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New drug added to generic Sovaldi licensing

Published on 26/01/15 at 01:49pm
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Gilead has expanded the licensing of generic versions of its blockbuster hepatitis C treatment Sovaldi to include a new experimental pill.

The firm’s manufacturing partners will now be allowed to produce the protein inhibitor GS-5816, which is currently in Phase III studies investigating its use in combination with Sovaldi (sofosbuvir) for the treatment of all six genotypes of hepatitis C (HCV).

Gilead says that the compound would become the first all-oral, single tablet regimen treating every genotype of HCV if approved. Results from the Phase III trial are expected in the second half of 2015.

“Pan-genotypic hepatitis C treatments have the potential to radically change the treatment landscape in developing countries, removing the need for patients to undergo burdensome laboratory tests,” says Professor Abhijit Chowdhury, head of hepatology at the Institute of Post Graduate Medical Education and Research in Kolkata.

“Even if testing facilities are available, their cost is a barrier to treatment access, so a regimen that can be used for any genotype is going to be a real attribute in tackling this disease on a global level.”

Eight Indian generic manufactures are licensed to produce the medicine if it is approved, among them being Ranbaxy and Mylan. The generics will be distributed in 91 developing countries, which together account for 54% of the global including HCV population – including Cambodia, Indonesia, several African countries and India itself.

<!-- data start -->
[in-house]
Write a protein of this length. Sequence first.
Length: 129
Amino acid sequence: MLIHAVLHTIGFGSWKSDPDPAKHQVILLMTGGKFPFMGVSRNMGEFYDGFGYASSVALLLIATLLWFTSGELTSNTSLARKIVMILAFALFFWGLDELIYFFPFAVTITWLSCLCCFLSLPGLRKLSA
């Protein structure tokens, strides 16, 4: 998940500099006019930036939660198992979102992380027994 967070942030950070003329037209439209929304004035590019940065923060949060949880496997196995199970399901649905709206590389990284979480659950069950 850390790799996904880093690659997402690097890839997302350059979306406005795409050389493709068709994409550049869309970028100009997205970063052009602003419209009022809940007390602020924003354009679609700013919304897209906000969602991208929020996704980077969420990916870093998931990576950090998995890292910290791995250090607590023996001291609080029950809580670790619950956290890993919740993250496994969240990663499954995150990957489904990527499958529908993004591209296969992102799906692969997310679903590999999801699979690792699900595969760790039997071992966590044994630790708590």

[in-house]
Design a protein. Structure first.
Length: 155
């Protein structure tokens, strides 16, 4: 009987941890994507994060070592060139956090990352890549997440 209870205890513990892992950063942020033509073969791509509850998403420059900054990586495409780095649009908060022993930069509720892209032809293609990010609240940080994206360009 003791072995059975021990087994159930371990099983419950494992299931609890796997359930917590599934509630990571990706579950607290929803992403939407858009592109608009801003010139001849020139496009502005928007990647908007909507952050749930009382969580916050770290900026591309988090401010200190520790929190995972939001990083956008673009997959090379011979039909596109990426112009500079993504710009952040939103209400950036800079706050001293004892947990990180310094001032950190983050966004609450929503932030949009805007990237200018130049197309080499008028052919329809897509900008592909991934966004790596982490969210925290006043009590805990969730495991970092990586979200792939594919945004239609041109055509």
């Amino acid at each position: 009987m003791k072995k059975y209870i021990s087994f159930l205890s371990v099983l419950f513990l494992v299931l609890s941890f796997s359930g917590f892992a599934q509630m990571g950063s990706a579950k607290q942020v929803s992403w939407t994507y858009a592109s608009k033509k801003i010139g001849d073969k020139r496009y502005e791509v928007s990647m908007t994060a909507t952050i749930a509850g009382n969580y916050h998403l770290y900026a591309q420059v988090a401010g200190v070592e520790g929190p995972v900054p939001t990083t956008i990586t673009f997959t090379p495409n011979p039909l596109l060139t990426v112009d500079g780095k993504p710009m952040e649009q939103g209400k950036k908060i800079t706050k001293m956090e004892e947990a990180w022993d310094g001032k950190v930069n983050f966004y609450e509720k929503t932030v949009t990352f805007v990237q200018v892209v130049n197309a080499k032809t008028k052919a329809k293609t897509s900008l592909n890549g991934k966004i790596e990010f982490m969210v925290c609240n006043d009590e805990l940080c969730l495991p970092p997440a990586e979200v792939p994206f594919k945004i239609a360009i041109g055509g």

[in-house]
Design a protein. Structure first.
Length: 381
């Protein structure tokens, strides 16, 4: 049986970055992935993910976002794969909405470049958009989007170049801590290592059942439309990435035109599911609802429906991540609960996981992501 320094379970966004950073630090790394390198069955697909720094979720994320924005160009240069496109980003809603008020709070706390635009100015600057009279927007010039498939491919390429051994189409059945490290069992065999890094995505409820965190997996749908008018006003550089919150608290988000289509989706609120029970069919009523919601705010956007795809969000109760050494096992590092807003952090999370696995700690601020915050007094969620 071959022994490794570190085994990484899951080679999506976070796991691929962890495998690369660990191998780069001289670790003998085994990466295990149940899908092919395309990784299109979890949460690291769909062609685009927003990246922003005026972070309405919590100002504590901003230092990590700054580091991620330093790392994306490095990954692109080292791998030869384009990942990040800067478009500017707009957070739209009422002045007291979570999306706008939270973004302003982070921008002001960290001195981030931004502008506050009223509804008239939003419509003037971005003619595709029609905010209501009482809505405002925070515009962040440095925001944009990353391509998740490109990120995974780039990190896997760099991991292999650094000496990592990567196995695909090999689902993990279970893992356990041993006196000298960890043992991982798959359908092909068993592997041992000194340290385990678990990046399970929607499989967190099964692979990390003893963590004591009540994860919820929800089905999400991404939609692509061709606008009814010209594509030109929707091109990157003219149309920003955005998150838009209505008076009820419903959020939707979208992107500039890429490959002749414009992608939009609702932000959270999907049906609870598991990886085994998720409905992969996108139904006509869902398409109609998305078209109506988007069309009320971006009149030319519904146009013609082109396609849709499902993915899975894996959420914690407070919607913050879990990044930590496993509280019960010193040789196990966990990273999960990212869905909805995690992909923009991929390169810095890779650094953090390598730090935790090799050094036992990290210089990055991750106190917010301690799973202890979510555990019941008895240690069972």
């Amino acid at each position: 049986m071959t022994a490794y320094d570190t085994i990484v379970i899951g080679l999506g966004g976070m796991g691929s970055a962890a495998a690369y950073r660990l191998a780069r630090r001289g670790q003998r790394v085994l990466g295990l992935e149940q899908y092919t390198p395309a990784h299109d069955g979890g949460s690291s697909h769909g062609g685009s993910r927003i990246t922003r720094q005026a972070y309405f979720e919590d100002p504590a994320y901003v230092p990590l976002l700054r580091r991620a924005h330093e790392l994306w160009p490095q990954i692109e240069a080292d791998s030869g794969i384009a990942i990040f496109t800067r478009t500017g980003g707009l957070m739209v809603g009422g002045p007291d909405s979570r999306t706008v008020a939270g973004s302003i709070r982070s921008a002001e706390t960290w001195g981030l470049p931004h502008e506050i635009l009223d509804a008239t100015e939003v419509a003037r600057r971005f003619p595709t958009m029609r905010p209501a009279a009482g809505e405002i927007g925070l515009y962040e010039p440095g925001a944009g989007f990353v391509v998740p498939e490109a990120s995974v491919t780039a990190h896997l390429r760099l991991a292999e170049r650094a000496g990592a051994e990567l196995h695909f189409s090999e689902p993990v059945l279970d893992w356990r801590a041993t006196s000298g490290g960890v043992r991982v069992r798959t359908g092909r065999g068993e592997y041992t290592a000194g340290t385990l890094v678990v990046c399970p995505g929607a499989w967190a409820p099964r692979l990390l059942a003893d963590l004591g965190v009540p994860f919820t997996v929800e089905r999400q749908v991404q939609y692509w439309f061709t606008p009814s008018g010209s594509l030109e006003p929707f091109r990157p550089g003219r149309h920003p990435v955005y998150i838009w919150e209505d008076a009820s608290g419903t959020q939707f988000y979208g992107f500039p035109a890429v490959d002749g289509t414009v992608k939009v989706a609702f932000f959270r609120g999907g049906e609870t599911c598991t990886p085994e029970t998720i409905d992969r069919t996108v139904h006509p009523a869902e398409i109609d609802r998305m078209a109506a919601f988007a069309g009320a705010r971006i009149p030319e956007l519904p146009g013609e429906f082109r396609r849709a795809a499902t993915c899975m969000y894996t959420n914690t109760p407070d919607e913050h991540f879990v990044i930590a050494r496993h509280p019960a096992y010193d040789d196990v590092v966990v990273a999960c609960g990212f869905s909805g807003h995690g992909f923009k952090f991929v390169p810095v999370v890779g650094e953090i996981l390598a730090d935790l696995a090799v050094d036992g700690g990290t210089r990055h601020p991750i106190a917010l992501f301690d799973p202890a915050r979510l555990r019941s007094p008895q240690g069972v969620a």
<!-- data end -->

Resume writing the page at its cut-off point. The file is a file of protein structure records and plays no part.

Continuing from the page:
However, Gilead has come under fire for its generic licensing agreements in the past with patient groups and Médecins Sans Frontières calling them too restrictive – for example, they do not cover middle-income countries such as China, which has 30 million HCV patients.

Sovaldi’s high price in developed countries has also been a source of controversy – the drug’s $84,000 cost per course of treatment in the US has led to lawsuits, and it faced a rocky road on its road to NICE approval in the UK.

Meanwhile when Gilead launches the branded version of the drug in India, where it has recently been approved, it will cost just $900 per 12-week regimen.

Regulatory submissions have also been completed in several other countries, including Pakistan, Thailand, Brazil, Uganda, South Africa and Nigeria.

George Underwood

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